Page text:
Have you ever heard these words?
“You need a coach.”
Have you said them to someone you manage?
What did they mean?
Typically when I hear leaders say:
“I think Andy needs some coaching…”
…what they really mean is something like,
“Andy just isn’t cutting it. I’m throwing up my hands. Maybe a coach can turn this situation around.”
Watching the Olympics this year, I’m hoping leaders everywhere around the world are noticing the same thing I am.
First impressions make a difference. Take the 2016 Summer Olympics in Rio for example.
Before the games even began concerns about poor air and water conditions, traffic, security and theft plagued the Brazilian city. You didn’t have to look far to find a story of Olympic athletes struggling with their accommodations at the Olympic Village.
I recently encountered a person who’s researching policies to ensure that humor in the workplace remains civil. I’m a major proponent of humor in life, and there’s plenty of research verifying the health benefits of humor and laughter. It’s no surprise, then, that there are curmudgeons out there who want to control it. To read a Mayo Clinic article on the health benefits of humor click here. It’s a blessing to have people in the workplace who laugh easily and who like to make others laugh.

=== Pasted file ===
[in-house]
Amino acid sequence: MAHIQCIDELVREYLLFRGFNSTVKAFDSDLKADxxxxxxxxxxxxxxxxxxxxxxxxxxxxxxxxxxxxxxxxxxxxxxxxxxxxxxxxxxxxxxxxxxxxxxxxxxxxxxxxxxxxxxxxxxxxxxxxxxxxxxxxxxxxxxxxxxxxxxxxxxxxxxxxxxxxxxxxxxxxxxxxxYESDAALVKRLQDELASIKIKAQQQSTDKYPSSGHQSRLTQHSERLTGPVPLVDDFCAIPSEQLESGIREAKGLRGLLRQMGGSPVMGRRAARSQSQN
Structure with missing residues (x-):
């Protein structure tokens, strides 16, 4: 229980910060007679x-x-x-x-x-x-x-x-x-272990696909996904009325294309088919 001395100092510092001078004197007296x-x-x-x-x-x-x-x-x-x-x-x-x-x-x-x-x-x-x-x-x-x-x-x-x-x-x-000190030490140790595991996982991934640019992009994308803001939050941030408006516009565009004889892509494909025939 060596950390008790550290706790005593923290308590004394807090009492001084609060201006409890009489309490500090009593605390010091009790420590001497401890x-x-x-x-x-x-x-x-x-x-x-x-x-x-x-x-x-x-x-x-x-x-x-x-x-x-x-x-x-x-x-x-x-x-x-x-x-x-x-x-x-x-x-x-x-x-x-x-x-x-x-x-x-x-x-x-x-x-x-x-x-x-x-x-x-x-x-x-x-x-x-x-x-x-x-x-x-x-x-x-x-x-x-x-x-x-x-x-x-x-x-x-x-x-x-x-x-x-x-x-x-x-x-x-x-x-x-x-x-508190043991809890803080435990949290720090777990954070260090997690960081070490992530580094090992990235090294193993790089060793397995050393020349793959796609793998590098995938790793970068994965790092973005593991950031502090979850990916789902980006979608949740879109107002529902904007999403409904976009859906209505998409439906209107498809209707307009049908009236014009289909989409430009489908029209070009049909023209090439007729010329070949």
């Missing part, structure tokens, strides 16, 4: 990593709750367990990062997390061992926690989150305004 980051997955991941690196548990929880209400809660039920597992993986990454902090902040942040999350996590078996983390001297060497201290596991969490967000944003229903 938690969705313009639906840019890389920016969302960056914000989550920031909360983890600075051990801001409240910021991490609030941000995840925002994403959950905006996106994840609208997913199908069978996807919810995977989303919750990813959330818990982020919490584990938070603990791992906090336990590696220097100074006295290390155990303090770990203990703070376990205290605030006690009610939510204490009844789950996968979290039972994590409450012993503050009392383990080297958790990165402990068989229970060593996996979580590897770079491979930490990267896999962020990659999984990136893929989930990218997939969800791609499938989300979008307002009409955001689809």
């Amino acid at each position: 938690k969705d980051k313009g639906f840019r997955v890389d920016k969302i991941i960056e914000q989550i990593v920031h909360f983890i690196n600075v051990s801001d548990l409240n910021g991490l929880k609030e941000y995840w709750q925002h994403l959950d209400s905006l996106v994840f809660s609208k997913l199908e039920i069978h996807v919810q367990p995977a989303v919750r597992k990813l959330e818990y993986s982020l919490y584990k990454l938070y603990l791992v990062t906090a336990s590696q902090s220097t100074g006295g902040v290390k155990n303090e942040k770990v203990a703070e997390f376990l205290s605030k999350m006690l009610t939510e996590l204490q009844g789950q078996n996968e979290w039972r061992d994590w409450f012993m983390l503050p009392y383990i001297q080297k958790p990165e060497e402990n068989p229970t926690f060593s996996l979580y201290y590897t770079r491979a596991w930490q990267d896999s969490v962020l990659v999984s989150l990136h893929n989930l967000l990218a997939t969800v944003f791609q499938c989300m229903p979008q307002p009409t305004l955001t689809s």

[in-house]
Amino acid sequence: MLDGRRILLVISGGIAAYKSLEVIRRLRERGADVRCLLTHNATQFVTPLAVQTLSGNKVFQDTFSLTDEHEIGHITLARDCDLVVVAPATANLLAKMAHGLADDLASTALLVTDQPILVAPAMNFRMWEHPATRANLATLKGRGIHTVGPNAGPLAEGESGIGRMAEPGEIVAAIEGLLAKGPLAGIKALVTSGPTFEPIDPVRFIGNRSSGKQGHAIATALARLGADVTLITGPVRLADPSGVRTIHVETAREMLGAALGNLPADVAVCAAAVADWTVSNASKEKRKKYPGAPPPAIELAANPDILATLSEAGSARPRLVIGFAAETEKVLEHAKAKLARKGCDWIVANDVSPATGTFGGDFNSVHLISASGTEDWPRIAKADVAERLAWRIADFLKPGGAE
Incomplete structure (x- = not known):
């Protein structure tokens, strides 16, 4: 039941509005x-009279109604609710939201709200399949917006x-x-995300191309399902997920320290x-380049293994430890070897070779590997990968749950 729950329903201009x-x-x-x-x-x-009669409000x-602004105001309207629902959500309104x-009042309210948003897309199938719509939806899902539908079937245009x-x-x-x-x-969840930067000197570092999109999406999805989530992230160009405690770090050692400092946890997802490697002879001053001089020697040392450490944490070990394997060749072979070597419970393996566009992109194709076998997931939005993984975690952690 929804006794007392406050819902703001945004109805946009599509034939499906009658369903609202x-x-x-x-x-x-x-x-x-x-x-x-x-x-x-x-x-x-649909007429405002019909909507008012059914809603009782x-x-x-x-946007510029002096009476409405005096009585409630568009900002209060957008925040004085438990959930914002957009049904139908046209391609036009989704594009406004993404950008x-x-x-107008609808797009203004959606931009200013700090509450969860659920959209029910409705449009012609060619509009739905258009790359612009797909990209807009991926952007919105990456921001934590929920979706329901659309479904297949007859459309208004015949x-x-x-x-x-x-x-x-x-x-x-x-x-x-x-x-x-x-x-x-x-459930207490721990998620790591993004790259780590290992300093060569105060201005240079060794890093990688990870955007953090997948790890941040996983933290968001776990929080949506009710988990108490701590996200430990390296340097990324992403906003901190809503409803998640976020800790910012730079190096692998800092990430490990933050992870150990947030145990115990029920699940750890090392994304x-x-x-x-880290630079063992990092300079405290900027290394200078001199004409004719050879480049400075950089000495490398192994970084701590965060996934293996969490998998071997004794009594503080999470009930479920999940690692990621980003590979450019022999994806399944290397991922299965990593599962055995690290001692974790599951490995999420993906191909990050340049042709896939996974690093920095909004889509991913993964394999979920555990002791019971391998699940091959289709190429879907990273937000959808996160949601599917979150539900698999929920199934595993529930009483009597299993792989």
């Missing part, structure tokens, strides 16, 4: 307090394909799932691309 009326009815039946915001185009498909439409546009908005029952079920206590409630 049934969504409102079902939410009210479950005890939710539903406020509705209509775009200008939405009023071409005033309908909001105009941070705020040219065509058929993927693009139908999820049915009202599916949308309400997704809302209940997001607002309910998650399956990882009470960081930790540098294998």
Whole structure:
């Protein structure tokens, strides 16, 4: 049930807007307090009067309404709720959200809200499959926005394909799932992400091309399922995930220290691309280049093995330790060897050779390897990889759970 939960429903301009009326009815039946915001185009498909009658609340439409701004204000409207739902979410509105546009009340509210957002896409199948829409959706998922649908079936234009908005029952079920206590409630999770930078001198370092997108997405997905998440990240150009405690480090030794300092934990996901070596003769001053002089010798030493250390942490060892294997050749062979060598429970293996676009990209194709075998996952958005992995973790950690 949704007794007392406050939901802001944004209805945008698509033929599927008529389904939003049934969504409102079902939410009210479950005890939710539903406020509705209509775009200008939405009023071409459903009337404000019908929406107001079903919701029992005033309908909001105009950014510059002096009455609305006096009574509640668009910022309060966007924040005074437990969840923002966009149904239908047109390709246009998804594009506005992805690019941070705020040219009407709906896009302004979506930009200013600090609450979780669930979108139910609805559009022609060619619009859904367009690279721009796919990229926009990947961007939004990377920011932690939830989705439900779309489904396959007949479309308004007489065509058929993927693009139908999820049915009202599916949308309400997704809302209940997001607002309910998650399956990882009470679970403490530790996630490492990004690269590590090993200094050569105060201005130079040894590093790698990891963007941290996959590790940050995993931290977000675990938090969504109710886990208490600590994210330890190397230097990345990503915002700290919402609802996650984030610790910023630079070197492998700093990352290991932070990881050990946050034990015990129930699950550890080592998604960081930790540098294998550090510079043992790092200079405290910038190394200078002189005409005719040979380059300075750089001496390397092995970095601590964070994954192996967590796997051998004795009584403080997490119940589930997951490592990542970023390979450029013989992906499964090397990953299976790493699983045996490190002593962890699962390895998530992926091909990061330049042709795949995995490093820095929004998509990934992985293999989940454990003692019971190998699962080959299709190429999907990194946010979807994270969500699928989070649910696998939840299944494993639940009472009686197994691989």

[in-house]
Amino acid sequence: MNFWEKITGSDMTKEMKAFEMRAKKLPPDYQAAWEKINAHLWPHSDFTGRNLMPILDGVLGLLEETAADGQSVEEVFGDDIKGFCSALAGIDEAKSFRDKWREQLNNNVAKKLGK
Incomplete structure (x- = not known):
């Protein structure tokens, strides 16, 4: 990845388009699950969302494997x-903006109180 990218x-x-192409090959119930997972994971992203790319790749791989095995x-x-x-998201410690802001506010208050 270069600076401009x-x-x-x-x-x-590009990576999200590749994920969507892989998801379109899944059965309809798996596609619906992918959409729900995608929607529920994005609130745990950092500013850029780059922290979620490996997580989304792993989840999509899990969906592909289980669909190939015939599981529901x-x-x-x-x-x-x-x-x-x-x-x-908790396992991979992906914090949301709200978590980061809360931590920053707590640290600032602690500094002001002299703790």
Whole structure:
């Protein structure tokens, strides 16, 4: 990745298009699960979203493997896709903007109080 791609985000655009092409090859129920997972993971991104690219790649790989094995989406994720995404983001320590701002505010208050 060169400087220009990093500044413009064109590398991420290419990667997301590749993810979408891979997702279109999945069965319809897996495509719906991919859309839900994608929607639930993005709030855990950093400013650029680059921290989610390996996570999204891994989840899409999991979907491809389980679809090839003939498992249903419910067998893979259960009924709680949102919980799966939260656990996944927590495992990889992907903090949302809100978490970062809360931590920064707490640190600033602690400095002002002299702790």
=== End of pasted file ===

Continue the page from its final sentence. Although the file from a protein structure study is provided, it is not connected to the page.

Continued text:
This post is for readers in the United States of America. As everyone knows, we’re a very litigious society, and litigation is not only expensive, but also it’s time consuming, and it fosters a great deal of negativity. You want to avoid it even when you can win. In my experience, much work-related litigation can be avoided. Here are some tips to help you do just that.
As I write this post on July 9, 2016, the USA is in the midst of bitter, extreme political partisanship. Our society at this moment is polarized. This post is not about that, but what’s going on in businesses and other organizations, it seems to me, reflects this larger societal trend. “Compromise” has become a dirty word. There are too many “us and them” mentalities, too many fear-based behaviors, too much demonizing of “them,” or him, or her, and too many adversarial relationships. It’s unhealthy and it’s very costly. People are out of focus. They’re diverting a huge amount of productive time to unproductive behaviors.
As usual, I don’t think I have the answer, but this is a classic situation in which the struggle to find answers — the struggle itself — creates immense value. We must not shrink from this challenge. Without the struggle, answers will not emerge.